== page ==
His brogue reminded me of the Irish Channel of New Orleans. As I backed away from him, I couldn’t decide if the Irishman would be a friend or foe. The way my family moved about, he probably wouldn’t be either.

I wandered the well-stocked shelves, absorbed with rolls of fabric stacked along the wall. I picked up the items on my list, carefully watching the door the Irishman had went trough.

Because of my focus, Dan Moore sneaked right up behind me. “Boo.”

I jumped and dropped several items. “It’s not nice to scare folks like that.”

“Wow, I didn’t know you’d be that jumpy. What are you nervous about?

“I’m just new . . . that’s all.” I retrieved my items. “Do you have more family that works here?”

“My younger brother does, but he’s not here today, and my mother does when she’s not sick.”

“What’s wrong?”

“She’s got consumption. ”

I needed to break the awkward silence. “Do you run the grist mill?”

He brushed flour off his shoulder. “How’d you guess?”

I pointed to the line on his forehead where his cap had been. “Your flour line gave you away.”

He smiled, but there was a touch of sadness in his face. Behind us, the Irishman coughed. “Dan, I believe they’re waiting for you at the mill.” He handed the grease to me. “What size nails do you need?”

“A half-pound of eight-penny.”

He disappeared again into the storage room, leaving me on my own.

When the Irishman returned, I plunked my money down on the counter. “We need flour with the money that’s left over.”

He counted my money then measured out the flour. “Anything else?”

“Oh, I forgot. I need a candle.”

“Just one?”

I nodded.

He put two candles on the counter. “Consider that lagniappe.”


“A little something extra. That’s what the Cajun call it: lagniappe.”

I picked up the candles. “You can remove some of the flour to make my money come out right.”

“Nah. We’re even enough. Anything else you need?”

“No sir. That’s good.” I stuffed the items into my tote sack.

“Great. If you’re happy, we’re happy.”

“Yes sir. I guess I am happy.”

He walked me to the door, and the way he stared at me made my stomach churn.

I hurried out of the store. To my relief, the Musk and the other men were gone.

A young man leaned against a porch post, using the rough edge like a backscratcher between his shoulders. “Hi yah.” He was one of the Redbones. A little older than me and about two shades darker. “Where you from?”

“Just passing through.”

“Is that your wagon back across Cherry Winche?”

“It is.”

He stepped closer. “My name’s Moon.”

“That’s an interesting name.”

“Moon Perkins, at your service.”

I backed away. “It’s good meeting you, but they’re waiting for me at the wagon.”

He tipped his hat. “Good meeting you, Wagon Girl.”

“How’d you know that?”

“It’s my job to know what’s going on.”

“How’d you get the name Moon?”

“Look at my face. It’s kinda round like the moon.”

“That doesn’t bother you?”

“Heck no.” He laughed. “Been called worse. Besides, everyone’s got a nickname here in Ten Mile. I’ve got a brother named Squirrel and another one who goes by Worm. So for now, we’ll call you Wagon Girl.”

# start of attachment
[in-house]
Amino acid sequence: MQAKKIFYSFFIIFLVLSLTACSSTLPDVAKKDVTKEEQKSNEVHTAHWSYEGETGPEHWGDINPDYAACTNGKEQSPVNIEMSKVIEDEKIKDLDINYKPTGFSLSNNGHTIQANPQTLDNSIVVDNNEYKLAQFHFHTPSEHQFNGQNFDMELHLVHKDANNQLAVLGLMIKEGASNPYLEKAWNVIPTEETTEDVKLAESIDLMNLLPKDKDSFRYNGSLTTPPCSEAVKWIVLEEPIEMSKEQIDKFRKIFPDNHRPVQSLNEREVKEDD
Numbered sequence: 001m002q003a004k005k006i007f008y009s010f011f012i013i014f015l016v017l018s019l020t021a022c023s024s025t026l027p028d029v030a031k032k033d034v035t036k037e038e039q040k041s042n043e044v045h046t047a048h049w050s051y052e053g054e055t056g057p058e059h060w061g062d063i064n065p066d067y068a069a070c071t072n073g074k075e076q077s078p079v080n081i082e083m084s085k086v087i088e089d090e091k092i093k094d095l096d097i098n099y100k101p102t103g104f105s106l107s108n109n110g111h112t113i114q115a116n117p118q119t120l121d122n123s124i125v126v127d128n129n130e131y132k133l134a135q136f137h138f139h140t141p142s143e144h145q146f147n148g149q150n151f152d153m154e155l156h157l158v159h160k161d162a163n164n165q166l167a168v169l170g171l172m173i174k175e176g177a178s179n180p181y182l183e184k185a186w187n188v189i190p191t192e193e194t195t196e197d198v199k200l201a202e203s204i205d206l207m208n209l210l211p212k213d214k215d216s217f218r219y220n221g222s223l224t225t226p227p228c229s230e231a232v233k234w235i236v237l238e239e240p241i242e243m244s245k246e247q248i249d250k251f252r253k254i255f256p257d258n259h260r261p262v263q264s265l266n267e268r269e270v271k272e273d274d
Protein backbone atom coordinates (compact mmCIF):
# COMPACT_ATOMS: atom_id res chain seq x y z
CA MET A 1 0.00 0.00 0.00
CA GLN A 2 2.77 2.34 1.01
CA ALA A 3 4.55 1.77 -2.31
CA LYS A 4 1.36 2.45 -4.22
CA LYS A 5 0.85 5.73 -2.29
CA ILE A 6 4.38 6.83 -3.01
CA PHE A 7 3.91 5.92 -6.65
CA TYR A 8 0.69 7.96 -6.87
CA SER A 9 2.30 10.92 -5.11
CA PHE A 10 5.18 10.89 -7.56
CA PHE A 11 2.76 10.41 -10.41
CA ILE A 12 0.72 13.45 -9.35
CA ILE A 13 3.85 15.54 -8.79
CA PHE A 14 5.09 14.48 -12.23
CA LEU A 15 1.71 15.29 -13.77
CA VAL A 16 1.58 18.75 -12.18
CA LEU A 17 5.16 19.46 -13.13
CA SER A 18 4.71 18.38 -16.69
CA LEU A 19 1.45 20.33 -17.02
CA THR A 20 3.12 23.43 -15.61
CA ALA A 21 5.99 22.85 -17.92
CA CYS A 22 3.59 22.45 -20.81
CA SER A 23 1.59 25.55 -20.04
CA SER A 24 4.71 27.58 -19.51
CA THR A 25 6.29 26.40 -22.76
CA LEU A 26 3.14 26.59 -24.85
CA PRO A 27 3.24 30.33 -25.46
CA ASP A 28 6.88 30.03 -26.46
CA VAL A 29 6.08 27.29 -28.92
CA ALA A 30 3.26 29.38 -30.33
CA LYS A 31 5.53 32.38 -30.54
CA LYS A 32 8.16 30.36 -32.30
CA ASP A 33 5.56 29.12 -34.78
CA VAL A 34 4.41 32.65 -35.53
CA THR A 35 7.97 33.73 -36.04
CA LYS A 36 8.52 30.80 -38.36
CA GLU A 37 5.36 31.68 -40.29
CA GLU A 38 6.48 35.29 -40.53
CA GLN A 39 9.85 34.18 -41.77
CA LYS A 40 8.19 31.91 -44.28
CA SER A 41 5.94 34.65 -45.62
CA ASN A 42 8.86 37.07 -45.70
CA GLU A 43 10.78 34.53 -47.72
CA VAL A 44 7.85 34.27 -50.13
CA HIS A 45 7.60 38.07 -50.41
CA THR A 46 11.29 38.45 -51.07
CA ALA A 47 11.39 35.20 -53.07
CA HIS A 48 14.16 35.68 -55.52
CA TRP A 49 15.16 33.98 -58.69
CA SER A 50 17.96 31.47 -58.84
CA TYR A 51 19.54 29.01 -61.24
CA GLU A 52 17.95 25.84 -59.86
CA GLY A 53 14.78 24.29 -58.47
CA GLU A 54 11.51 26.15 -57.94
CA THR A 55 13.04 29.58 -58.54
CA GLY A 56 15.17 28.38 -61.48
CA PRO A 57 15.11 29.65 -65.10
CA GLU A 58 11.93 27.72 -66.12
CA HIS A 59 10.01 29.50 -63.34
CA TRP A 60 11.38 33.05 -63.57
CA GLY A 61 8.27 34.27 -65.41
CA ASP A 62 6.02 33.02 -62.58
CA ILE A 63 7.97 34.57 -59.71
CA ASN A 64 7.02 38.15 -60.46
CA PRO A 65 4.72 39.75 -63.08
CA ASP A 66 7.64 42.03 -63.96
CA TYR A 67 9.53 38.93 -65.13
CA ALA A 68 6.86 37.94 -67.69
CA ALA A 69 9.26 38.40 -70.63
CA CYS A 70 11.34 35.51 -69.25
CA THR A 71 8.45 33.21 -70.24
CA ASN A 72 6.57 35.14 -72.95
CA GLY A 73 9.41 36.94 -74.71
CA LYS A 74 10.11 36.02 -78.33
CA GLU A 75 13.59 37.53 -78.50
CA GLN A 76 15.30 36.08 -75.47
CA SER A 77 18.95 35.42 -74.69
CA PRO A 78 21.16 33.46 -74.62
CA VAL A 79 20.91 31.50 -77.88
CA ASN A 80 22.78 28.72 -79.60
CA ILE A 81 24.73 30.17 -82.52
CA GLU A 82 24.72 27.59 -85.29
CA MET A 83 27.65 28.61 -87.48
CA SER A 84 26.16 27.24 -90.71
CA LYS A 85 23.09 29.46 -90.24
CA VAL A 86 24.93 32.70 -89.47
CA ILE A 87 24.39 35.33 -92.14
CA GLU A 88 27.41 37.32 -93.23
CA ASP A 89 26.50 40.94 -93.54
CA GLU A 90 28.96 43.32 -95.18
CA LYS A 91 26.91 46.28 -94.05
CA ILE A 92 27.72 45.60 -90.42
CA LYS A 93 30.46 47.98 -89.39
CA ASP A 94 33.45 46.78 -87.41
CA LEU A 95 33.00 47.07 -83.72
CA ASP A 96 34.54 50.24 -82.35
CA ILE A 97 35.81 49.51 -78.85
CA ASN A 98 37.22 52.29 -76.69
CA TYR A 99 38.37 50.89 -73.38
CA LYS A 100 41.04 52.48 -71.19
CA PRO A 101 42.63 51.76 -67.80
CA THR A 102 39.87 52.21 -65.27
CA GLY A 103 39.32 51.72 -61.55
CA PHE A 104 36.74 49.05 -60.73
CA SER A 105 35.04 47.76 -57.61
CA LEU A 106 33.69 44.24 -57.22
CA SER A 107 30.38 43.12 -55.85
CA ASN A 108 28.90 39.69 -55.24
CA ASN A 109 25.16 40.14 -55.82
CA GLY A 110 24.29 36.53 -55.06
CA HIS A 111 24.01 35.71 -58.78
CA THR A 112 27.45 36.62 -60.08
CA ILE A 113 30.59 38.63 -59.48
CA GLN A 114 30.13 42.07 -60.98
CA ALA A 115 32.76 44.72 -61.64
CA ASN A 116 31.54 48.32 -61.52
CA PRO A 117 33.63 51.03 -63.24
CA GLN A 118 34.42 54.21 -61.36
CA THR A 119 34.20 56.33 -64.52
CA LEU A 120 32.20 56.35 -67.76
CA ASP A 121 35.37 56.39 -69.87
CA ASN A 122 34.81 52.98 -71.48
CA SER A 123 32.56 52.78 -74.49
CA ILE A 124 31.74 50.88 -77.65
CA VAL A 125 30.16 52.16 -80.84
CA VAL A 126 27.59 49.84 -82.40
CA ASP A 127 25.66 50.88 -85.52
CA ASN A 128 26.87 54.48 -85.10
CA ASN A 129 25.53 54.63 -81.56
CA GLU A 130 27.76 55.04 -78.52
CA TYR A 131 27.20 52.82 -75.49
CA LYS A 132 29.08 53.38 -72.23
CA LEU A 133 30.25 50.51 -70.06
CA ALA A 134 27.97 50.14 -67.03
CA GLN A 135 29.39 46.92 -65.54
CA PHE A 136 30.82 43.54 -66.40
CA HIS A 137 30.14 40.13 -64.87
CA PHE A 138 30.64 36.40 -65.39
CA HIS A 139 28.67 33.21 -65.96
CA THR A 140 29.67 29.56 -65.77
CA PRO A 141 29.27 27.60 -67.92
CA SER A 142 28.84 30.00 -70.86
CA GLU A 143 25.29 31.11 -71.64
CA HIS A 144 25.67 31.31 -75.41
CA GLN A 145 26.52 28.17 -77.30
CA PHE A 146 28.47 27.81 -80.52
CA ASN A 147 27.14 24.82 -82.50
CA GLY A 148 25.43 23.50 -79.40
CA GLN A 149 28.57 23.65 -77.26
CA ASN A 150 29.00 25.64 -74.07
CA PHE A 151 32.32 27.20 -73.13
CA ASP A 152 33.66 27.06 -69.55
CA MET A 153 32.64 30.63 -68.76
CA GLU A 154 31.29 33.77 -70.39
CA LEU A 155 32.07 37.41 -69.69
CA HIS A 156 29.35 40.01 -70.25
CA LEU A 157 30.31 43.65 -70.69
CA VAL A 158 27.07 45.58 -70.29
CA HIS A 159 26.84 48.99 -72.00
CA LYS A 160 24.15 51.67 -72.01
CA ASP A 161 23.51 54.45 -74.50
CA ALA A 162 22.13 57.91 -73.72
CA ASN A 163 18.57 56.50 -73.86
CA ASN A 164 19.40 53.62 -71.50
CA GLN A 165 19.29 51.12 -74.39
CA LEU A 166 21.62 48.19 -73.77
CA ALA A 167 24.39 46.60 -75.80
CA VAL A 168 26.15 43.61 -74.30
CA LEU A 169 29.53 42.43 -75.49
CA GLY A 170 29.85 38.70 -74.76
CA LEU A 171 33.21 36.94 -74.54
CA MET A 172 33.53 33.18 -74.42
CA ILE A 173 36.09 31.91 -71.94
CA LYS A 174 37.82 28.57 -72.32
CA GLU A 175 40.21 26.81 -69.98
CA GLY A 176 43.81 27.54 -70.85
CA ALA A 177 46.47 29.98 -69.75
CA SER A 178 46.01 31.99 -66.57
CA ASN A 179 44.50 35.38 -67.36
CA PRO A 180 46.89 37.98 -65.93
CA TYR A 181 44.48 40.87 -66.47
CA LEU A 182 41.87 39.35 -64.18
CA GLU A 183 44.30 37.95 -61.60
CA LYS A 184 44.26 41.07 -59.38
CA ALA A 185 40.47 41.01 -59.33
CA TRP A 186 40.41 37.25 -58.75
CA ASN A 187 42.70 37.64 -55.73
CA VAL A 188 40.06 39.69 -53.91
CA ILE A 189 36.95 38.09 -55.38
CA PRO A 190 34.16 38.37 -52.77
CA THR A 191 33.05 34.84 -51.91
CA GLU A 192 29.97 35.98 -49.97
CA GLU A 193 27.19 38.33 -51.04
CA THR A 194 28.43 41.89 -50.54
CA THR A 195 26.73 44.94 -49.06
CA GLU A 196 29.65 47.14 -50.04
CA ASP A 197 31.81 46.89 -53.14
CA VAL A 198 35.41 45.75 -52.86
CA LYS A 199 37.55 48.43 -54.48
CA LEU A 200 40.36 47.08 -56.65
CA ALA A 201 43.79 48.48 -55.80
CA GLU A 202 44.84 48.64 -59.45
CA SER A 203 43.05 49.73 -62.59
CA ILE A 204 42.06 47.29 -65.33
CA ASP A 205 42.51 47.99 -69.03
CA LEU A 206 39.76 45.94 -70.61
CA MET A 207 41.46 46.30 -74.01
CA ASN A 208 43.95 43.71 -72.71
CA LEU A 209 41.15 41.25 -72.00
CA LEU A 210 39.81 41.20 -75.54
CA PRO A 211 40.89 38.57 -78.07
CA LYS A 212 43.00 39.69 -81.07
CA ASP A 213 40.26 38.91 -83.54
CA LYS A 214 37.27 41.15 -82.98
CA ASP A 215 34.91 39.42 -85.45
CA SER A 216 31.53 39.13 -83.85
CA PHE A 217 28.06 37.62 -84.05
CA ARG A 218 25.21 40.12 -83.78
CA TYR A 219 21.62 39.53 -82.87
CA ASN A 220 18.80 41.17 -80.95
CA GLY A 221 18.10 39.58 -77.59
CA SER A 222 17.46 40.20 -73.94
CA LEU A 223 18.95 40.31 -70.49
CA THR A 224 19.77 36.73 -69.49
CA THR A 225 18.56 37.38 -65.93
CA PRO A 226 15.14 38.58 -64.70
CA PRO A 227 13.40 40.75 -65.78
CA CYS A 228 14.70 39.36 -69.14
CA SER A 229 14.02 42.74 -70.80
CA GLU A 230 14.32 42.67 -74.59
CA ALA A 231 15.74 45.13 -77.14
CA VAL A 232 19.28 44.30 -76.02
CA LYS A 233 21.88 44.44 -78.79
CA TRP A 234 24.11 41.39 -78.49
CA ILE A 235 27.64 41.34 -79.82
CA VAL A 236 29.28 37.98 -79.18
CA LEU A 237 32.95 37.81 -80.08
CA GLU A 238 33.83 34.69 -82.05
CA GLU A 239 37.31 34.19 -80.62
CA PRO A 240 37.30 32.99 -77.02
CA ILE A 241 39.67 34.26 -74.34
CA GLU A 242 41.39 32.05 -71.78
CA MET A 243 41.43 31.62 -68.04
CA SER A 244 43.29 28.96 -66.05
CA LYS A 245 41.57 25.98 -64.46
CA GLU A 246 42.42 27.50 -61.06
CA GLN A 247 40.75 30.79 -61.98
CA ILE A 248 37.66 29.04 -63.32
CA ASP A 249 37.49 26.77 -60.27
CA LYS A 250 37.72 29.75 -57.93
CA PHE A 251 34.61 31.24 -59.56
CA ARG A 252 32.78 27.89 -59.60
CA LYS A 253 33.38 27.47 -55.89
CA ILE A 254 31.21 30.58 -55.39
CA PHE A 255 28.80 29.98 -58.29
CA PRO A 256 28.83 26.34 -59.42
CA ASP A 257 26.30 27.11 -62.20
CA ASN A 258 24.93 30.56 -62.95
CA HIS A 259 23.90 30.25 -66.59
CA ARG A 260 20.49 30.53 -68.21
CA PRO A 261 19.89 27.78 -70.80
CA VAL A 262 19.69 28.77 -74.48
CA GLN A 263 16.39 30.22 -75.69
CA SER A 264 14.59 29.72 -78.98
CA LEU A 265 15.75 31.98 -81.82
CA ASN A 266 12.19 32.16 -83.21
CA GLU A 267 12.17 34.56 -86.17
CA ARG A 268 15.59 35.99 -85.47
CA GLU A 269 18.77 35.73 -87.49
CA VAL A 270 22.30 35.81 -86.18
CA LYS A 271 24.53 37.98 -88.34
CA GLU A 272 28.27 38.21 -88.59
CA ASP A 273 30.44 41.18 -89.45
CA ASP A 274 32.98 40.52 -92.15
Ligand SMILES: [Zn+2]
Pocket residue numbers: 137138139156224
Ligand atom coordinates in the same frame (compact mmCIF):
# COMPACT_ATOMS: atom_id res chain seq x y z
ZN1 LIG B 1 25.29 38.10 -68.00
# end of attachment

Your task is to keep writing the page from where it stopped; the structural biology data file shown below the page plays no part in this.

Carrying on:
“My folks call me Mizz.”

“Good, for now your Ten Mile nickname will be Mizz the Wagon Girl.”

“What’s Ten Mile?”

“It’s what we call this area. It comes from the fact that most of our people live up and down along Ten Mile Creek.”

“It’s nice meeting you Moon, but I must go.” I hurried away with a wave. Lucky, the store dog, padded alongside me. “Hey girl, which side are you on?”

She wagged her tail.

“You’re probably on the side that feeds you.” She nuzzled my leg. “Well, it looks like I’ve made at least one new friend today.”

I reached the spot where Unk Dial had been hiding but saw no sign of him. I had the lingering suspicion that he was lurking nearby, watching my every step.

Lucky sat on her haunches. When I resumed walking, she trotted back toward the store. “So you’re deserting me? This must be your dead line.” As I scurried down the road, alone with my guilty conscience, a horse’s snort startled me. Caught in the open, I dashed for the cover of the woods.

“Come on out.” It was the Irishman. He dismounted and stood, arms crossed, on the road. Lucky, no longer wagging her tail, stood stock-still beside him.

I stepped out. “Sir, is there . . . something wrong?”

“You forgot something at the store.” He walked to a roadside red oak stump, sat down, and pulled out a pipe, tapping it against the stump. “I’d sure like a good smoke. Mind if I borrow some of your tobacco?”

“Tobacco? I don’t have any tobacco.”

He pointed. “It’s in your left dress pocket.”

Slowly, I pulled out the pack of tobacco and tossed it to him.

He filled his pipe, tamped the tobacco, and lit it. Puffing contentedly, he blew a fine cloud of blue smoke. “It’s not every day that I meet a pipe-smoking girl.”

“I don’t smoke a pipe.”

“Or one your age who dips snuff.” He put his hand out.

I pulled a tin of Garrett’s Sweet Snuff out of my bag and sheepishly handed it to him. “Are you going to have me arrested?”